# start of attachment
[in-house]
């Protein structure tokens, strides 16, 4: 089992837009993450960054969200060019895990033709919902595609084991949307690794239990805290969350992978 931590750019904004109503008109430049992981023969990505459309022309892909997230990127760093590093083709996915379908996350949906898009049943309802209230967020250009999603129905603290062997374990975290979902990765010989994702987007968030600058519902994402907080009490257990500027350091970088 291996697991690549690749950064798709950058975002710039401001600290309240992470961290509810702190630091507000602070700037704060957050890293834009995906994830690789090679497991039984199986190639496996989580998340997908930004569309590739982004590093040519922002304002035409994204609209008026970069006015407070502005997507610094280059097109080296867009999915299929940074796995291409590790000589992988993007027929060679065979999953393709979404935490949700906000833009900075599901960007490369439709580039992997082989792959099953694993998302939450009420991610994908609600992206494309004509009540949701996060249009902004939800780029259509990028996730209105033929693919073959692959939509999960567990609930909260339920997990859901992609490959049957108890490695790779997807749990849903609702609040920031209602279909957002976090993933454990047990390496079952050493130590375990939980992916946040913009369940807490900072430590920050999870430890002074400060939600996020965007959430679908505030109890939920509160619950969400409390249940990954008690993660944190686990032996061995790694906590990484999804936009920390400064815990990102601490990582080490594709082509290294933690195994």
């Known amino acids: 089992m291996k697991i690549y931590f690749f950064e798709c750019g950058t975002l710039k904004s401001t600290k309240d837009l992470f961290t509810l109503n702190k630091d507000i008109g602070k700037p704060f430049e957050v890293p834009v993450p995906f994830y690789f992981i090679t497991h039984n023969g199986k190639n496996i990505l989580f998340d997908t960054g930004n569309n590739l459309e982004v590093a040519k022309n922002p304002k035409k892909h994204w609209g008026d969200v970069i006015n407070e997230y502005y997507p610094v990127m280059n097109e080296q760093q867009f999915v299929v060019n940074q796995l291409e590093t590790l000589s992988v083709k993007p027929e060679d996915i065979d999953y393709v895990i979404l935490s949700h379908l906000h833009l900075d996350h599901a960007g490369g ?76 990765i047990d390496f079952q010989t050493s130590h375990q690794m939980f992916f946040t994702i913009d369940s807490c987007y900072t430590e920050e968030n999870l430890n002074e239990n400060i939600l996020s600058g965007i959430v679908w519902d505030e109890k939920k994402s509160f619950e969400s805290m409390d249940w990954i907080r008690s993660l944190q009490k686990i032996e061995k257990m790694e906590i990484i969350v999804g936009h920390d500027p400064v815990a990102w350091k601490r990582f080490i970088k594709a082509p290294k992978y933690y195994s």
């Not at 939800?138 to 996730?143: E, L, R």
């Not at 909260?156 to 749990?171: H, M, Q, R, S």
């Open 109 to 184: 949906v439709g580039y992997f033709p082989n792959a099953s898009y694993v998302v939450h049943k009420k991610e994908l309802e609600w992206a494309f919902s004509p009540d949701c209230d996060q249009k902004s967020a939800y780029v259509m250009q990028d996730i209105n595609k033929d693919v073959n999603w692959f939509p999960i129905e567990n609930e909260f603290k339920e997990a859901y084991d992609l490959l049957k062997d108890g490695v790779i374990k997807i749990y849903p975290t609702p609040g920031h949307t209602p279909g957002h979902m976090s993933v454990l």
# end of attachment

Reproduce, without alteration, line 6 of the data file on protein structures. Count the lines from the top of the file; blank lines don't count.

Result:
């Open 109 to 184: 949906v439709g580039y992997f033709p082989n792959a099953s898009y694993v998302v939450h049943k009420k991610e994908l309802e609600w992206a494309f919902s004509p009540d949701c209230d996060q249009k902004s967020a939800y780029v259509m250009q990028d996730i209105n595609k033929d693919v073959n999603w692959f939509p999960i129905e567990n609930e909260f603290k339920e997990a859901y084991d992609l490959l049957k062997d108890g490695v790779i374990k997807i749990y849903p975290t609702p609040g920031h949307t209602p279909g957002h979902m976090s993933v454990l």